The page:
Evolution 2006 Leeds PART 1 Snow lowder Sherwin Reble Koner Conrad

From: David Woods (email suppressed)
Date: Mon Apr 24 2006 - 02:39:30 PDT

Evolution 2006 Leeds PART 1 Snow lowder Sherwin Reble Koner Conrad (Split
into 2 sequential emails due to 1000 line maxrule)


Occasionally I and others write responses to something we've seen on the
assumption that something of the response may prove of value to others who
haven't seen "it". So what follows are private thoughts now exposed for
Frameworkers' consumption, edification and delectation or deletion. Readers
might like to go to the link to scan what the programme contained. I
caught perhaps 75% of it.
Details: http://www.lumen.org.uk/evolution2006/timetable.html
It's possibly worth adding that I've not spent much time editing what
follows. I shoot from the hip on occasion and tend to consider the
visceral and instant responses to film work, glimpsed / captured as
scribbles in the dark, are of potential value, as they come out of the
unconscious as much as the intellect.
I hope they have some value to a few hardy readers at least.

Evolution 2006 Lumen Leeds City Art Gallery Yorkshire UK April

Details: http://www.lumen.org.uk/evolution2006/timetable.html

Thoughts. Uncensored notes I made as the days unfolded and some thoughts on
the train.

Rose Lowder Avignon Exptl Film Archive

Intro. Repeated filming at locations over time

  1.. colour square circle tiny in the centre of the frame
  2.. Rue Des Teinturiers 1979 Three focal planes moved to rapidly
Foreground potted plant, beyond is street life. The leaves in the
foreground appear to self-matte with the focus changes, but, strangely, the
"dance" of the plant is independent of the background street "dance"
I try to trace her work amid the crude film history of Lumiere - doc.;
Meliers - fantasy / narrative. Is she an experimental re-presenter? An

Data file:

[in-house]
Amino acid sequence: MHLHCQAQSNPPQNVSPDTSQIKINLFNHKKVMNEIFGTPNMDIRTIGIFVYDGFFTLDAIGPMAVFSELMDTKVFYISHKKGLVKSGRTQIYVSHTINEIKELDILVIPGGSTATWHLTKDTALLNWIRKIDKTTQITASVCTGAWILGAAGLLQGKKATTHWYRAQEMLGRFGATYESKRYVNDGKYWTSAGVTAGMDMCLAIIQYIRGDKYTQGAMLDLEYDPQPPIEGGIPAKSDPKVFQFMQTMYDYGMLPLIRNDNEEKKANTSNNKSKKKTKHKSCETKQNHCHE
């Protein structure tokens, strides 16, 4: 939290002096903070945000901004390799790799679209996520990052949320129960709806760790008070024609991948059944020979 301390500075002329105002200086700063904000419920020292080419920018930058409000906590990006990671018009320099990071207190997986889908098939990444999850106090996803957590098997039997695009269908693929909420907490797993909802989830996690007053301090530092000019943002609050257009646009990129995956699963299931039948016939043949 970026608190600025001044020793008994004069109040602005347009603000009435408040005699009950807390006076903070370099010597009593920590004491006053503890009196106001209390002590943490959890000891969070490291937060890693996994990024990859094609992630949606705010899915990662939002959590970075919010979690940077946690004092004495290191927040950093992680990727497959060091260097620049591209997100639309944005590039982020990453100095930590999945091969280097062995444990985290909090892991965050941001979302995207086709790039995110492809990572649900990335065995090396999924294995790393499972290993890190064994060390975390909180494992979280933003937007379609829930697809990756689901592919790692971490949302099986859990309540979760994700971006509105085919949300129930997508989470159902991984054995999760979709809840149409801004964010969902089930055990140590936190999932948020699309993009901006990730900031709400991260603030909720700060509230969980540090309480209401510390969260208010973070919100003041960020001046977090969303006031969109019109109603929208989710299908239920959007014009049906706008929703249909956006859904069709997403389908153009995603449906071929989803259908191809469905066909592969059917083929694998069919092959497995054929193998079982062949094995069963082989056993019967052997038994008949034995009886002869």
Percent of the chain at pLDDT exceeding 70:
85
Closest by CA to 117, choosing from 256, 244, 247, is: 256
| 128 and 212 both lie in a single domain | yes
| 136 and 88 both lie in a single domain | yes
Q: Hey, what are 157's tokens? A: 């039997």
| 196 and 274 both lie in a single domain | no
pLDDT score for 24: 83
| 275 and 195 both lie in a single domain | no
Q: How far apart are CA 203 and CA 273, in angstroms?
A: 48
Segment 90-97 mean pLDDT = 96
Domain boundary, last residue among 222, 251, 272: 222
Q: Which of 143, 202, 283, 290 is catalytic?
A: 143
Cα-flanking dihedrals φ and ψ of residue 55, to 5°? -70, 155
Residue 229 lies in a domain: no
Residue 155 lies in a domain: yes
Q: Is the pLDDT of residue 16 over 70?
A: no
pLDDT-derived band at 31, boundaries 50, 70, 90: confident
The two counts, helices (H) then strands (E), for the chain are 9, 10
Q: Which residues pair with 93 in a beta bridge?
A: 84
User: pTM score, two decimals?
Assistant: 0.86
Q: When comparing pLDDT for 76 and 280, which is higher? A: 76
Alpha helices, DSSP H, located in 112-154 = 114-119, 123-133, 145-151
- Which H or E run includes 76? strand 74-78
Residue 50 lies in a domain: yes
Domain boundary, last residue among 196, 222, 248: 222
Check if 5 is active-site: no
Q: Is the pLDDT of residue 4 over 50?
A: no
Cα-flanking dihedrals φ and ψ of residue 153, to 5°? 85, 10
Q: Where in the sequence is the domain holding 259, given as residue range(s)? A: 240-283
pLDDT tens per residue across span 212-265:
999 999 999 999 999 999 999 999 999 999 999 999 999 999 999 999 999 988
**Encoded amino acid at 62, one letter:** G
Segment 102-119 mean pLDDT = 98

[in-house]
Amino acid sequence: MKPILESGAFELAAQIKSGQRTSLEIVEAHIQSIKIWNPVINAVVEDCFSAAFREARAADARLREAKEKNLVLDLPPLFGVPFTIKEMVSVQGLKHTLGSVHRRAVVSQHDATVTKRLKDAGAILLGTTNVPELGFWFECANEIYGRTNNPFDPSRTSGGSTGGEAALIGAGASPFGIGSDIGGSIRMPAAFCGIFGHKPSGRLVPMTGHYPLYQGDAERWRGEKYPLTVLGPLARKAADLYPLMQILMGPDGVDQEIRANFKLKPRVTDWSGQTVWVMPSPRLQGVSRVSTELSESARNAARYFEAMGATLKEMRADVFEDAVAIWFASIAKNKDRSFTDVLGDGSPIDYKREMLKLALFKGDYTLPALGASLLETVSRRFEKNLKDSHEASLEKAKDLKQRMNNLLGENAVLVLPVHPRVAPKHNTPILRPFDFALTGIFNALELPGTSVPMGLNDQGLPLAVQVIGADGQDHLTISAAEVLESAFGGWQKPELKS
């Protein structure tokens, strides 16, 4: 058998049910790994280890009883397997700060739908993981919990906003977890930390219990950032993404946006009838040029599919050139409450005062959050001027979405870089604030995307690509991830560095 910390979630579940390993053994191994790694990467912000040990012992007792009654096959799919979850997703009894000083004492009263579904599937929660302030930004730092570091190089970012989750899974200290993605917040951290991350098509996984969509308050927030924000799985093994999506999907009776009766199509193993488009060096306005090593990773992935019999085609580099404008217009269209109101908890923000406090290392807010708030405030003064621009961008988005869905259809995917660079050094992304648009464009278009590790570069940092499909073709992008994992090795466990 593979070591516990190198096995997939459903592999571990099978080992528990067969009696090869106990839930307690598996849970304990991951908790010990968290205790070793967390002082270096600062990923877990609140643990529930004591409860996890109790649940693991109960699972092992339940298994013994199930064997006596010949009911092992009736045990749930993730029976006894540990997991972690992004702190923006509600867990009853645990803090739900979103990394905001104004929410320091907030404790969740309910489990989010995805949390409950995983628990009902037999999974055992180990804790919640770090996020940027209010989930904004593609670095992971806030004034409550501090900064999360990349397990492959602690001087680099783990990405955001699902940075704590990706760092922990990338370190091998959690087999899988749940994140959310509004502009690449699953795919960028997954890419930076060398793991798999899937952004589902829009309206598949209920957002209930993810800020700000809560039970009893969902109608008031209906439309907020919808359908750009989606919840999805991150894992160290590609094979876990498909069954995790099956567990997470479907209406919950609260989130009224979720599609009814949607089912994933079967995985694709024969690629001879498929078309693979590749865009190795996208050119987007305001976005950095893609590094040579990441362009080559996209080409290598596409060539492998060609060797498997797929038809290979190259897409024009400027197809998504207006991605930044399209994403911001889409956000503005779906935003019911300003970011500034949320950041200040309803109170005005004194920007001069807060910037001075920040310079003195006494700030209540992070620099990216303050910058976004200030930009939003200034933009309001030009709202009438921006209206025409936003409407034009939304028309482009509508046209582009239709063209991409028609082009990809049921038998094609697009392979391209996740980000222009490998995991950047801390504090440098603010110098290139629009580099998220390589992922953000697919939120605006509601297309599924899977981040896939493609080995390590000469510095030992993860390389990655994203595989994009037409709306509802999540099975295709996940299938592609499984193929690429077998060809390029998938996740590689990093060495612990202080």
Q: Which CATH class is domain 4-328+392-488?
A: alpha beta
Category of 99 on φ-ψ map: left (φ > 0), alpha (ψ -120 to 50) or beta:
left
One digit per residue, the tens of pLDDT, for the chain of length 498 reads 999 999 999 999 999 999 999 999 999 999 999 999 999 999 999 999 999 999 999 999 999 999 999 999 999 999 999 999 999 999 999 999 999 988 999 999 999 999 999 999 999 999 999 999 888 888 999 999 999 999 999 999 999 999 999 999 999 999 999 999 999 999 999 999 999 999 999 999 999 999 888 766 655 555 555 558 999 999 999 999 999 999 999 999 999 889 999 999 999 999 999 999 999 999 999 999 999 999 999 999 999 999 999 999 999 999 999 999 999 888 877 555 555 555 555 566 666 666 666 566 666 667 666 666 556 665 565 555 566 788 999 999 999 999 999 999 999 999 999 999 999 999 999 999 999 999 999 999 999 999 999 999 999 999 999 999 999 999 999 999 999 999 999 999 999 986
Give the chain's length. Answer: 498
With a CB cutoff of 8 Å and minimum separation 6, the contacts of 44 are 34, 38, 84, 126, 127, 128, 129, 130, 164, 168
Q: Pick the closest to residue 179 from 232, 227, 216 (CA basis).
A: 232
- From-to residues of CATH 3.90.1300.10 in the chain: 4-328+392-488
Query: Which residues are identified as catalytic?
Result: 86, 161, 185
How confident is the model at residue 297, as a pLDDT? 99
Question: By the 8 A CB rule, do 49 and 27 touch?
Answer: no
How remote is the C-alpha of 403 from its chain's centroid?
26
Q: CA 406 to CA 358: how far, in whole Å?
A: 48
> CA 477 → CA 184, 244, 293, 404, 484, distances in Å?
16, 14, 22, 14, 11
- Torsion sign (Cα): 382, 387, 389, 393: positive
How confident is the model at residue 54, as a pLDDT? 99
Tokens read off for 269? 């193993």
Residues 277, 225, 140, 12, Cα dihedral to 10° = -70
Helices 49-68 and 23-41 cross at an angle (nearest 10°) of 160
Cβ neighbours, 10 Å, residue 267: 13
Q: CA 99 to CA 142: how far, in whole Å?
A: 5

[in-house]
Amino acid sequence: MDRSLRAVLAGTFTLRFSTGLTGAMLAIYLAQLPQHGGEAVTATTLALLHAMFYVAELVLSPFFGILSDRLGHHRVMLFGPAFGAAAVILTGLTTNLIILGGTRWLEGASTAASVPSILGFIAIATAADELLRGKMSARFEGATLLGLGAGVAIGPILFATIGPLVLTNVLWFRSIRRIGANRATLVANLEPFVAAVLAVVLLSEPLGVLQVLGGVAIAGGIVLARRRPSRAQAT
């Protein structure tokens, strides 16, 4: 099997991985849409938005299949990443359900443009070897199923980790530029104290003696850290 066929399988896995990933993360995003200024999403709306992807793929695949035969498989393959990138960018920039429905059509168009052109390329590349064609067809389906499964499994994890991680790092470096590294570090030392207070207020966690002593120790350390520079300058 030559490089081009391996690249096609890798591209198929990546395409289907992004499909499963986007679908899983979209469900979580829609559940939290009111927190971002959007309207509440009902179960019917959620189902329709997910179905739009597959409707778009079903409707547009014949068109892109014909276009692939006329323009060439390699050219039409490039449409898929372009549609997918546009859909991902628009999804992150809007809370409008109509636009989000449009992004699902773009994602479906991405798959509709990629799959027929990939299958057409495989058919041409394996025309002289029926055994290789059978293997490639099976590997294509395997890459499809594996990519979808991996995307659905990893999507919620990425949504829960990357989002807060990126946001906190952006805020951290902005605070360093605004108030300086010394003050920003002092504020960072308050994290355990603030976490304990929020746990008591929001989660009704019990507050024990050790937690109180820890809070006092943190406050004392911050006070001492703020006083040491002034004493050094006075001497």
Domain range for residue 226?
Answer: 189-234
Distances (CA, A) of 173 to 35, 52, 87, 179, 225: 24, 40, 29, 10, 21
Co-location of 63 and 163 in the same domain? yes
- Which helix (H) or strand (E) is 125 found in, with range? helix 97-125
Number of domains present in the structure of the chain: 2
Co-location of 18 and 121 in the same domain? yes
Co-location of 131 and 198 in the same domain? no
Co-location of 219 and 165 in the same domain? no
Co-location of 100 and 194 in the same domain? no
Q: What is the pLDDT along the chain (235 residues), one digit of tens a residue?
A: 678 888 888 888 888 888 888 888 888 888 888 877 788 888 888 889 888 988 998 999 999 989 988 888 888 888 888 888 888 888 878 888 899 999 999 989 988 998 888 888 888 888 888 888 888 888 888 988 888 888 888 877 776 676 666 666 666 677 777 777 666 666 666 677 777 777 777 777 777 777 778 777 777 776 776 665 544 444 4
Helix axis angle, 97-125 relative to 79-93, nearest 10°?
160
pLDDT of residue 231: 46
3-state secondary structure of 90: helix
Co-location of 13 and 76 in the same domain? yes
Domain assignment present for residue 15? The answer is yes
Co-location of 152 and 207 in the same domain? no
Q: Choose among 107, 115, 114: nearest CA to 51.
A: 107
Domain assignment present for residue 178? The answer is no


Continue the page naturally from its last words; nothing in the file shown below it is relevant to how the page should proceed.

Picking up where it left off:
experimental documentary filmmaker?
  3.. Orchard (Champ Provencal) 1979 Zoom only resettings sets up a buzz of
bark and foliage
Interestingly, only a very few frames would ID the author of these films,
much like some music, viz Schostakovich, Elgar, Stravinsky, Monk can be
identified easily.

Asked in the Q&A if she agrees she is an experimental documentary filmmaker
she says that in France the word experimental is a grab-bag for anything
that is not clearly doc. or narrative.

4. Scenes of French Life: La Ciotat re-presents harbour views superimposed /
alternated frame by frame to collapse segments of time as small boat life
relaxes beneath an enormous tanker being launched. The documentary surface
constantly demands to be recognized while the treatment provides a
dispassionate and idiosyncratic uncoupling of place and time. The trees,
cranes etc are static registration guides, the boats, some cranes, people
dither while the sea melts acceptingly.

The surface has the quality of a 19th C engraving and "little happens", but
it takes a long time. Cars, people, boats pass through each other while the
world holds steady, flickering in binary mode - red / blue. Eventually a
ship / tanker launch happens, but it does not escape and becomes just
another actor in Rose Lowder's dance of time. Interestingly (to me) this
world has similarities with my AMSTERDAM 79 made from still photographs and
morphed into a movie under the rostrum camera.

5.Les Tournesois / coloured sunflowers (1982) 8fps? Angry sunflowers,
livid, funny; f11? Minute focus changes perhaps?

6. Poppies and Sailboats - sailboats scoot through shivering poppies like
urgent insects - via an optical printer (2001)

Talking afterwards she tells me of her anxiety to protect her negatives amid
the shrinking and nonchalant laboratory / archive world. I tell her of my
lost original of TURNIP when a lab. closed. She tells me of the decade when
French experimental film world would not accept her / let her in. She
painted a ruefull picture of the terror-tenure of the University filmmakers
who spawned the only legitimate film artists - a strange dictatorship. A
mafia-type old boy's network. I could match it if I cared to document the
old gang of RCA old boys who ran the Art Colleges until the 70's, and the
reactionary painters / traditional artist who, terrified of film, kept it

Jurgen Reble & Thomas Koner Quasar

Five projectors slowed down / varied fps with elements of the mechanical
sound represented to the audience. Intense optically printed abstract
images dissolve ad infinitum. Uncertain about the three BW images
projected behind the audience, showing hi-con dissolving electronic
Whitney-type loops, while the big screen held my attention with the
throbbing dissolves, with the insistant projector clicks hovering between
the mesmeric and didactic. Something called a 'hazer' played a part which I